s August 21, 1935, Elder F. M. Sommerville, Clerk of the Session of Rocky 
Spring Church, Virginia, drove me to Windy Cove. It was fifty-five 
years after my school days attendance there with my sister and teacher 
living in the family of Dr. Samuel Brown, pastor of the church, in whose 
library on Sabbath afternoons catechised out of Ramsey's Bible Doctrine, 
I had my indoctrination in Reformed and Calvinistic theology. What 
days! What preaching! What singing! What praise and solemn joy in 
the Sanctuary! The lasting impress of it I lay in humble tribute at the 
feet of that devoted sister! 

,; Foote, op. tit., pp. 192, 193. 

History of Hopewell Church 31 

evangelical, and the church that fails to live abroad will die at 
home. 7 The same truth shaped the lives of the noble men and 
women that went out of Hopewell Academy to the far places 
of the earth. 

The church was organized several years before any building 
was erected. Since the earliest organization was probably made 
at the home of Richard Barry, 8 his house must have been our 
first shelter until 1765, when the log sanctuary was built on the 

present church_site, a wooded knoll in an eighteen and one-hal f 
acre tract, 9 a mile or more south of Richard Barry's house. The 
log church had sheds around it to accommodate people who often 
crowded there from as far off as fifteen miles to attend revivals 
and camp meetings. Gar Creek near the church is where the 
churchgoers, says tradition, stopped to put clean shoes on clean 
feet before entering the sanctuary. Those sheds were mothers' 
refuges, too, for weary and hungry and crying children. In the 
early years there were two sermons a day with recess for dinner. 
People came horseback , some double, and near the hitching posts 
were the u pping blocks of r ock or a stump. 10 One of these upping 
blocks remained until late years; their best specimens may b e 
seen to day at Sugaw Creek . The session house is not mentioned, 
but there was one. It was the Presbyterian way, and some yet 
remember the frame building immediately back of the brick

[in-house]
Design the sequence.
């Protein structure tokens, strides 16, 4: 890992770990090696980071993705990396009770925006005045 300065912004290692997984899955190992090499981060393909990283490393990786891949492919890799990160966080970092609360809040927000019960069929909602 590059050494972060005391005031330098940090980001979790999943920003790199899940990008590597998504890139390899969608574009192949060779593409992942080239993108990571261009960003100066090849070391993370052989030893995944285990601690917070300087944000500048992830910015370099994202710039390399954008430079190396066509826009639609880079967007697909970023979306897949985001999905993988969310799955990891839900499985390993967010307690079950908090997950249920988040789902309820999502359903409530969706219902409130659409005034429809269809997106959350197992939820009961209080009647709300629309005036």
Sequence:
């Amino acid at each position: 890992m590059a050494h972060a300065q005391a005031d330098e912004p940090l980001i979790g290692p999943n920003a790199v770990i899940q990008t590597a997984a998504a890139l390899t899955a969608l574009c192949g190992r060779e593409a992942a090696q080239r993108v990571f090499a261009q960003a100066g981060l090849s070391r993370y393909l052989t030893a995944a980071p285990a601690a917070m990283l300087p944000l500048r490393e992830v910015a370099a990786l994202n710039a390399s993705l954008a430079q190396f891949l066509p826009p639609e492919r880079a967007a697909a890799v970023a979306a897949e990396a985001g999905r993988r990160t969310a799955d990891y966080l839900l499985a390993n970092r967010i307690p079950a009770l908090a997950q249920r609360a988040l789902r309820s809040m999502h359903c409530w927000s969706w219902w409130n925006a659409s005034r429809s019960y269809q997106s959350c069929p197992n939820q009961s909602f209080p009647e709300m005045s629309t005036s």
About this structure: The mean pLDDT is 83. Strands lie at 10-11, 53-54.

7 Mcllwain, Semi-Centennial of Mecklenburg Presbytery, p. 37. 

8 Information from a faded letter "found in a small box belonging to R. 
Blythe," dated October 1, 1863, contributed by Mrs. Frank Blythe of 
Gilead. This letter gives the east end of Mr. Barry's house as the place of 
organization; the site usually spoken of is a wide spreading poplar or oak 
at the west end of the house. 

\s r^ Church proper ty on east side of_fch_e xoad : 

a) From_John McKnitt A lexander's estate 
11 y 2 acres, Jnclud ing John McK nitt__Ale xander's grant,_ deeded by 

WTffianTBain Alexander, and surveyednbyTiim or his son^ George W. 
2Vz acres of William Bain Alexander's estate — never settled, taken up 
by Hopewell Church (deeded 1913). 

b) % acre given by Will Kerns, and added to north side of the graveyard. 
Church property on the west side of the road: 

4% acres in the Manse and Community House tract sold to Hopewell 
Church by J. William Sample. — [Copied by George Alexander, October 
20, 1935]. 
10 Miss Estelle Barnett, manuscript History of Hopewell, 1935. 

32 Organization and Buildings 

church. Its site should be marked before complete oblivion has 
swallowed it up. 11 

Th^^ldJ^g^lmr^h _gave way in 183X to a brick_st ructure , 
proposals for which were advertised in the Minersj and Farmers 
Journal, published Mon day, November 22, 1830. 

Mr. Bingham will please give this two insertions: 

Proposals will be received on Thursday, the 6th day of January next 
at Hopewell Church (Mecklenburg County) for building and finishing off 
a church at said place. The walls to be of brick, on a stone foundation 43 by 
65 feet 20 feet high; the roof to be covered with tin; arched ceiling. It is 
contemplated at present to have four doors, 12 windows 14 by 16 glass and 
18 lights each. Door and window sills to be rock, etc. 
By the commissioners, 



The bricks for the structure erecte 
farm of Joseph McKnitt Alexander a mile and a half east of the 
site wherelJr. J. B. McCoy now lives. 13 In the pastorate of Rev.